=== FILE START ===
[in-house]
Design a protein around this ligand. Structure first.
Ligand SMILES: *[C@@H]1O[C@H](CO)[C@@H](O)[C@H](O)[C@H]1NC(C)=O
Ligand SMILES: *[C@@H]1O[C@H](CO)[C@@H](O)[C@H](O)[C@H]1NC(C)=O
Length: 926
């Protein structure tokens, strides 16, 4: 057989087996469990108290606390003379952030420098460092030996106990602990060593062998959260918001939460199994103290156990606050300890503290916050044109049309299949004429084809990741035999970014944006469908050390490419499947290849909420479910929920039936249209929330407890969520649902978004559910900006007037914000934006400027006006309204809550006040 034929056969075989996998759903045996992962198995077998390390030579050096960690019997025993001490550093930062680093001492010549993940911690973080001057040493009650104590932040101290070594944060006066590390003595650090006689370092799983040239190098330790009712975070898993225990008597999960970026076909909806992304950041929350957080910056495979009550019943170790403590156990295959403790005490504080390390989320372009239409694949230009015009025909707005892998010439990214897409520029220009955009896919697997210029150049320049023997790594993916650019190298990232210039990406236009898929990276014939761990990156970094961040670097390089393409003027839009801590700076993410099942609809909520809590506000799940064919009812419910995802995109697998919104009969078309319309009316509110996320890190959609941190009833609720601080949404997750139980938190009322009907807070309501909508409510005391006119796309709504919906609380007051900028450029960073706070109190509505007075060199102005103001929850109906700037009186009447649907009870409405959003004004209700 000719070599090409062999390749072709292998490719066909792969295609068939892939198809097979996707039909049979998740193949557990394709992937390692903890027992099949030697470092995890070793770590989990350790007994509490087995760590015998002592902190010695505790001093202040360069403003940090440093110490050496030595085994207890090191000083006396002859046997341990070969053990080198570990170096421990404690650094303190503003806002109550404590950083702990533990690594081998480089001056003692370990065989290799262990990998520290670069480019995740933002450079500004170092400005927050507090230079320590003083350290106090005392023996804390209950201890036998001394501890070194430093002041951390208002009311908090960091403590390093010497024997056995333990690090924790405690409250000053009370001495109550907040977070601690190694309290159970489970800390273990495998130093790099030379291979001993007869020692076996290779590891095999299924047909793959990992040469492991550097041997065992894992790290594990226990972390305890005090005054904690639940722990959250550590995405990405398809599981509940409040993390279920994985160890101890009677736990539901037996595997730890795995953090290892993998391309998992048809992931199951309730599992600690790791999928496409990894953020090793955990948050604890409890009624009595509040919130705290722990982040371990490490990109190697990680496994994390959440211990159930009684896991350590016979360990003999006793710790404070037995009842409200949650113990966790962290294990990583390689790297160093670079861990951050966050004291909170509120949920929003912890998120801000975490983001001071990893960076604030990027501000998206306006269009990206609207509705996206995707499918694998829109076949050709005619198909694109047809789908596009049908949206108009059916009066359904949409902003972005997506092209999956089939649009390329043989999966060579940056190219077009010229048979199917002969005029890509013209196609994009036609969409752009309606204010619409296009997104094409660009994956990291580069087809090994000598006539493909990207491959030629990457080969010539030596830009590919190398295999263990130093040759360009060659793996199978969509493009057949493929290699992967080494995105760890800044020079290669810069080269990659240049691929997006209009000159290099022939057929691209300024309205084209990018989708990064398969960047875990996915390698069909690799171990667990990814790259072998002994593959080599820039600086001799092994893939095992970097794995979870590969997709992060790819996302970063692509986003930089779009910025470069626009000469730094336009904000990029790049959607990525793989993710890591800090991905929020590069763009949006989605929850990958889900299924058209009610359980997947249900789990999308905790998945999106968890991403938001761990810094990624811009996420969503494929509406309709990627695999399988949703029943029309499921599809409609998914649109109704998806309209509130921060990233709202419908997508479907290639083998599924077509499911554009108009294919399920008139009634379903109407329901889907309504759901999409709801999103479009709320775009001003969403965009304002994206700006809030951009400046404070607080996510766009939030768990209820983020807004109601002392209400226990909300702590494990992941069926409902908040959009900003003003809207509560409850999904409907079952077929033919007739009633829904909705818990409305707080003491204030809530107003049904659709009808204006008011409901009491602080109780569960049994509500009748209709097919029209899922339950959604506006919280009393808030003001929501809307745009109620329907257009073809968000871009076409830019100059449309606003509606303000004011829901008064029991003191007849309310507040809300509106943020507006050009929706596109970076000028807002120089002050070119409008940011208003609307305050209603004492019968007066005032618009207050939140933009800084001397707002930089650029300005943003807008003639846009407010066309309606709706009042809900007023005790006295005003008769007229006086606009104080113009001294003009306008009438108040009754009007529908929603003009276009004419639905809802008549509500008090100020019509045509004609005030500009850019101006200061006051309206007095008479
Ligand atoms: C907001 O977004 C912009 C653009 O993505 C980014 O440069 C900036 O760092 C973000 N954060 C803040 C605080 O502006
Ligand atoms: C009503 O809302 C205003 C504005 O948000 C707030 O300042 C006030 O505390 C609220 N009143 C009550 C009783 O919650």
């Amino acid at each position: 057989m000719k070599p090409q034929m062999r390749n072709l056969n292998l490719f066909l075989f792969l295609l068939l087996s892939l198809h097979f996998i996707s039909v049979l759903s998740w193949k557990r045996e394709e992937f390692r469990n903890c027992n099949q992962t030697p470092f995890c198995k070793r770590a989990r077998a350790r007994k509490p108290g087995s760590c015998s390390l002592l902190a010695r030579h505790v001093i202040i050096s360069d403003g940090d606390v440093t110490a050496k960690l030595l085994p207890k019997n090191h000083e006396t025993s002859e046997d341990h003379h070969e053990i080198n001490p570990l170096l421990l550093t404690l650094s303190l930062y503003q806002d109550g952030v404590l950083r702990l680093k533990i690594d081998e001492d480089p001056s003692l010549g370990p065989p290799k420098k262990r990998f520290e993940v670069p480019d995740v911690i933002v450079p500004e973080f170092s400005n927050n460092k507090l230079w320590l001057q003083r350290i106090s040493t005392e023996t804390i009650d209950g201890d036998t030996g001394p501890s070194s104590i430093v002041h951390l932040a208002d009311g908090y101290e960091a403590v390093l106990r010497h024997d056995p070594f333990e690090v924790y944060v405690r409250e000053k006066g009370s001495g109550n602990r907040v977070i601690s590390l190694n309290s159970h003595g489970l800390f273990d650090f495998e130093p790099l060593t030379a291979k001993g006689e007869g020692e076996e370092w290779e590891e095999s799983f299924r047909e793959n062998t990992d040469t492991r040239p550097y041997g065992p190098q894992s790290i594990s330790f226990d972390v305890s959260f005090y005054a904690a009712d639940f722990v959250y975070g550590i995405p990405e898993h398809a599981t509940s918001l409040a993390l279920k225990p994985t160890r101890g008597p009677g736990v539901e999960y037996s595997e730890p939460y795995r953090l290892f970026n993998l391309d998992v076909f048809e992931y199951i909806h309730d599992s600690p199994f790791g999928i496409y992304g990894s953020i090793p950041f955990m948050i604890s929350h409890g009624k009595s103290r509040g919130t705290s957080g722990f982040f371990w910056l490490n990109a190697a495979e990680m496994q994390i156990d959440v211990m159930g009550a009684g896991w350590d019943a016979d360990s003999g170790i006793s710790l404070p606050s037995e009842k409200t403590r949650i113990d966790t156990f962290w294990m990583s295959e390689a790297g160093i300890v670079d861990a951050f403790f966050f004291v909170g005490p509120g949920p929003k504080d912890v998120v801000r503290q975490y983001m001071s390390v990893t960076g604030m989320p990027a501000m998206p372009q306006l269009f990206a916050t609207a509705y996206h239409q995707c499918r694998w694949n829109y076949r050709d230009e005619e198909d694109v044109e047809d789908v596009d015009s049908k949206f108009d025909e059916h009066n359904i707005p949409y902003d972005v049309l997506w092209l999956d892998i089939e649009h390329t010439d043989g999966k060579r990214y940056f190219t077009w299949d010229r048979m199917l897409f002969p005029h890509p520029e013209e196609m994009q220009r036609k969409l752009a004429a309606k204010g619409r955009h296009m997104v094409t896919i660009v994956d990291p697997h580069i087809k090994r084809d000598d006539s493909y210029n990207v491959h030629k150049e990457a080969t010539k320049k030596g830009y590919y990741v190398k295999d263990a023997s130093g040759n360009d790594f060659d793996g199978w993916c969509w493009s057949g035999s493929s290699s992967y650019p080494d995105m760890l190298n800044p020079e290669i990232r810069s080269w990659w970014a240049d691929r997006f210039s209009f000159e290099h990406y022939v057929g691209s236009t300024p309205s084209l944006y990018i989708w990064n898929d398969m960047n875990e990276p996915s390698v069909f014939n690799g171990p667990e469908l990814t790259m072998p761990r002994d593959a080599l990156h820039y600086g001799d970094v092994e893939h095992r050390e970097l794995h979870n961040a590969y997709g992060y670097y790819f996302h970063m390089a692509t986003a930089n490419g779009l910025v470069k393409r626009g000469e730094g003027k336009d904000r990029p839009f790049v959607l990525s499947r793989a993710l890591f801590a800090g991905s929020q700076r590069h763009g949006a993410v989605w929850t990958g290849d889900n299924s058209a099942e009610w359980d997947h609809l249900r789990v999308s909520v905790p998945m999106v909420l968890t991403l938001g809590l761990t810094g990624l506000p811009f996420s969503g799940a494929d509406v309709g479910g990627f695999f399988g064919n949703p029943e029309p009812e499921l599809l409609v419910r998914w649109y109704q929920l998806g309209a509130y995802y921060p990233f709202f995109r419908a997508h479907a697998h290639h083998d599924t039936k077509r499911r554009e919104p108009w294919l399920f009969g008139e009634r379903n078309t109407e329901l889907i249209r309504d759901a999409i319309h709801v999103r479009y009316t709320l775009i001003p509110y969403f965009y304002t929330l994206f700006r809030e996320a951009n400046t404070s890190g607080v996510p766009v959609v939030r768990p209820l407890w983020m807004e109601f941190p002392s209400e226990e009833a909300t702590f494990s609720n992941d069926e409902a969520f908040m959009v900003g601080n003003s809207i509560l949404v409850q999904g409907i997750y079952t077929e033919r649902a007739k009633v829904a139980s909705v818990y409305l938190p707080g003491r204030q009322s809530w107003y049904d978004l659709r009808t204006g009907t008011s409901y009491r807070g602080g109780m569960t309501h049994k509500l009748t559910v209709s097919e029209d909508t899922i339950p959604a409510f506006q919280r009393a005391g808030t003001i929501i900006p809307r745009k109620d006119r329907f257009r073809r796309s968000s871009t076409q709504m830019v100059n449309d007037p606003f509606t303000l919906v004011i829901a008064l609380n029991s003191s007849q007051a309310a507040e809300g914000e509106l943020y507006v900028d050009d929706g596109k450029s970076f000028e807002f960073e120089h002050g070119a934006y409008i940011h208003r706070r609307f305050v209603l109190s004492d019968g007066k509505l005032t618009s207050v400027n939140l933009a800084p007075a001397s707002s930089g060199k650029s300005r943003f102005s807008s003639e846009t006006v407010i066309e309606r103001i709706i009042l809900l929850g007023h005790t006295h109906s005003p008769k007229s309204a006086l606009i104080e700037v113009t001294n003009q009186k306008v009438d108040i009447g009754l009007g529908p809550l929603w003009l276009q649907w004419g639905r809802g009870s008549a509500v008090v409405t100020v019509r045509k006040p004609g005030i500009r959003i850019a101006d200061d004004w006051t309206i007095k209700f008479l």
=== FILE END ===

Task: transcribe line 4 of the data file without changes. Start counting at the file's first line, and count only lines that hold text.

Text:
Ligand SMILES: *[C@@H]1O[C@H](CO)[C@@H](O)[C@H](O)[C@H]1NC(C)=O